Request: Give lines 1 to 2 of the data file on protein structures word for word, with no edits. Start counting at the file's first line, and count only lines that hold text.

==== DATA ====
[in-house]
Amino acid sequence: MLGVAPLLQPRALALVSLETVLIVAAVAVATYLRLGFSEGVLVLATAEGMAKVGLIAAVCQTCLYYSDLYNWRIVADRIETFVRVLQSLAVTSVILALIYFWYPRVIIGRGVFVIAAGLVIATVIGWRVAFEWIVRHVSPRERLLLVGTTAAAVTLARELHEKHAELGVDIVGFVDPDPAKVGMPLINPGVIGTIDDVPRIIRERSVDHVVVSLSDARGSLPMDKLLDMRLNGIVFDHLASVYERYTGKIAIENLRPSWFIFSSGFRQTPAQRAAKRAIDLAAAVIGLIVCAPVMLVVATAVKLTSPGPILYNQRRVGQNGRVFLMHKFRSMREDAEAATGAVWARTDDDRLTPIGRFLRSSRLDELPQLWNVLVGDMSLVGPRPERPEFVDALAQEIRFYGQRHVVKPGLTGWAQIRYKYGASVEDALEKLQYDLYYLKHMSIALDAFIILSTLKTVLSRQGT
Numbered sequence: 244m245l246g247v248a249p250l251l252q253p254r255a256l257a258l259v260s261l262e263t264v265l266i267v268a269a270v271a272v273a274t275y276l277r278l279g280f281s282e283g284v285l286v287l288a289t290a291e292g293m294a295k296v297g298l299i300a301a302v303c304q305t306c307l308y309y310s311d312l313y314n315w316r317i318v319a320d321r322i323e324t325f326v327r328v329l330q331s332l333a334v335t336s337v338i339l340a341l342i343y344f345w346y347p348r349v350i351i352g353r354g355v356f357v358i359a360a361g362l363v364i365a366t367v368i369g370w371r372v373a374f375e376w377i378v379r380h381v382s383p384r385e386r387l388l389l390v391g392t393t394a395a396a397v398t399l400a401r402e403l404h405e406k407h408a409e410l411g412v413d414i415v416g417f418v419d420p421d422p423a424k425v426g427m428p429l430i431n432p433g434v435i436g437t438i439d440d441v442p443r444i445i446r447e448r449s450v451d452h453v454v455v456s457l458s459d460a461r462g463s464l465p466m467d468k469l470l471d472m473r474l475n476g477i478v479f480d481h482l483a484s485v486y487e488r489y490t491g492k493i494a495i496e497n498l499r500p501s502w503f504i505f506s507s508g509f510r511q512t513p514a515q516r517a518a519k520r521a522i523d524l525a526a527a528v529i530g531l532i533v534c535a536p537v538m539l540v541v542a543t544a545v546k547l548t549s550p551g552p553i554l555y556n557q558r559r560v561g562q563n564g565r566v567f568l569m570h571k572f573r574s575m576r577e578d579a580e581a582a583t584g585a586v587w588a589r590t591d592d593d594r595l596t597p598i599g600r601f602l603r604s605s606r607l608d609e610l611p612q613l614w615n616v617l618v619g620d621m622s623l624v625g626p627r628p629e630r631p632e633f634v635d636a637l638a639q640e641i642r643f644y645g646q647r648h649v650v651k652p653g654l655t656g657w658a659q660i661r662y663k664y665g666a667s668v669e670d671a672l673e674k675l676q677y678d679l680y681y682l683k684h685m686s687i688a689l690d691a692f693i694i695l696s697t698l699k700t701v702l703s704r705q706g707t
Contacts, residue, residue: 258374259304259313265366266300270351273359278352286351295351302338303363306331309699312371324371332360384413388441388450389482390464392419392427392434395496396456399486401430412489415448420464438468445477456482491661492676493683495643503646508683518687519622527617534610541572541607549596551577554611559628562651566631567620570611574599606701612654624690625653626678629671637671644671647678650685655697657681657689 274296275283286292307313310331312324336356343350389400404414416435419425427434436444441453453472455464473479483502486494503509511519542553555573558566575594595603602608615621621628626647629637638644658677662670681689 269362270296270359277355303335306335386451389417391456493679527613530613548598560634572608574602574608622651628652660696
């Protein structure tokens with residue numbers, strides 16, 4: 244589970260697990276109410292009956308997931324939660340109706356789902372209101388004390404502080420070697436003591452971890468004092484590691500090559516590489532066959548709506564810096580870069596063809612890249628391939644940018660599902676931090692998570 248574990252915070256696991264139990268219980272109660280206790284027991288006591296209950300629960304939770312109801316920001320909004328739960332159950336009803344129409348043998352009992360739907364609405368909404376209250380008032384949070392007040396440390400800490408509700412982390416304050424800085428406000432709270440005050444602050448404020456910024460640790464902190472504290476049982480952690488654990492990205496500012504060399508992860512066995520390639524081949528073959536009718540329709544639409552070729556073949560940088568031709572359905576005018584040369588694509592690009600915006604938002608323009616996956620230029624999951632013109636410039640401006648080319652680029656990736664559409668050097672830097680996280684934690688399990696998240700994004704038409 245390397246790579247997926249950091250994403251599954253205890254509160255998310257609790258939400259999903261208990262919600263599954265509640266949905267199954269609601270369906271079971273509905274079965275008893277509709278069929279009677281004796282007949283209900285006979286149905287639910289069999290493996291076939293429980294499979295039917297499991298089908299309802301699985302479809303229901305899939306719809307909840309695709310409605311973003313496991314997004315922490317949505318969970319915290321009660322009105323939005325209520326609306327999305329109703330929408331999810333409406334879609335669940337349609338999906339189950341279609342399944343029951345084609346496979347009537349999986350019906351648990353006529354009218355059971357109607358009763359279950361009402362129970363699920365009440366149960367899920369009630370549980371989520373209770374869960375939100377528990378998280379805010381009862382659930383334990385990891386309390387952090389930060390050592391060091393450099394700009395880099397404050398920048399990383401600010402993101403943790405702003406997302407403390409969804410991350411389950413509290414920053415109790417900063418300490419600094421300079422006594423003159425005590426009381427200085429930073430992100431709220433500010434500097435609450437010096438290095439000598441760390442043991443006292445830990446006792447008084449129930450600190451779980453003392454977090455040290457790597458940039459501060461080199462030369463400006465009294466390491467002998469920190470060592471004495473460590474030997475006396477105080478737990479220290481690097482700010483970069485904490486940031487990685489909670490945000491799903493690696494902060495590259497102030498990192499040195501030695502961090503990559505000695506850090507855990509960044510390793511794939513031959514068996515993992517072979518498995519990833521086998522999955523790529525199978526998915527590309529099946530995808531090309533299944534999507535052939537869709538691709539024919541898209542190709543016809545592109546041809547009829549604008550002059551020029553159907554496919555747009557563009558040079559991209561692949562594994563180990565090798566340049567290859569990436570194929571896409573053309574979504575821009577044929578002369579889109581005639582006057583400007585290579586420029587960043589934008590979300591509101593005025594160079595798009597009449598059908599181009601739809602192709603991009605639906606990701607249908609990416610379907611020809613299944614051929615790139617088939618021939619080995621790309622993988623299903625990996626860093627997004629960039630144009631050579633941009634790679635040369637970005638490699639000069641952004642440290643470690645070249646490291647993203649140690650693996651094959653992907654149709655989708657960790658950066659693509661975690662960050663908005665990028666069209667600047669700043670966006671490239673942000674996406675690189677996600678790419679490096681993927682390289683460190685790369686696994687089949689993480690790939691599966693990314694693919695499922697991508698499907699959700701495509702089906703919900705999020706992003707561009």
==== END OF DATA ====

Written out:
[in-house]
Amino acid sequence: MLGVAPLLQPRALALVSLETVLIVAAVAVATYLRLGFSEGVLVLATAEGMAKVGLIAAVCQTCLYYSDLYNWRIVADRIETFVRVLQSLAVTSVILALIYFWYPRVIIGRGVFVIAAGLVIATVIGWRVAFEWIVRHVSPRERLLLVGTTAAAVTLARELHEKHAELGVDIVGFVDPDPAKVGMPLINPGVIGTIDDVPRIIRERSVDHVVVSLSDARGSLPMDKLLDMRLNGIVFDHLASVYERYTGKIAIENLRPSWFIFSSGFRQTPAQRAAKRAIDLAAAVIGLIVCAPVMLVVATAVKLTSPGPILYNQRRVGQNGRVFLMHKFRSMREDAEAATGAVWARTDDDRLTPIGRFLRSSRLDELPQLWNVLVGDMSLVGPRPERPEFVDALAQEIRFYGQRHVVKPGLTGWAQIRYKYGASVEDALEKLQYDLYYLKHMSIALDAFIILSTLKTVLSRQGT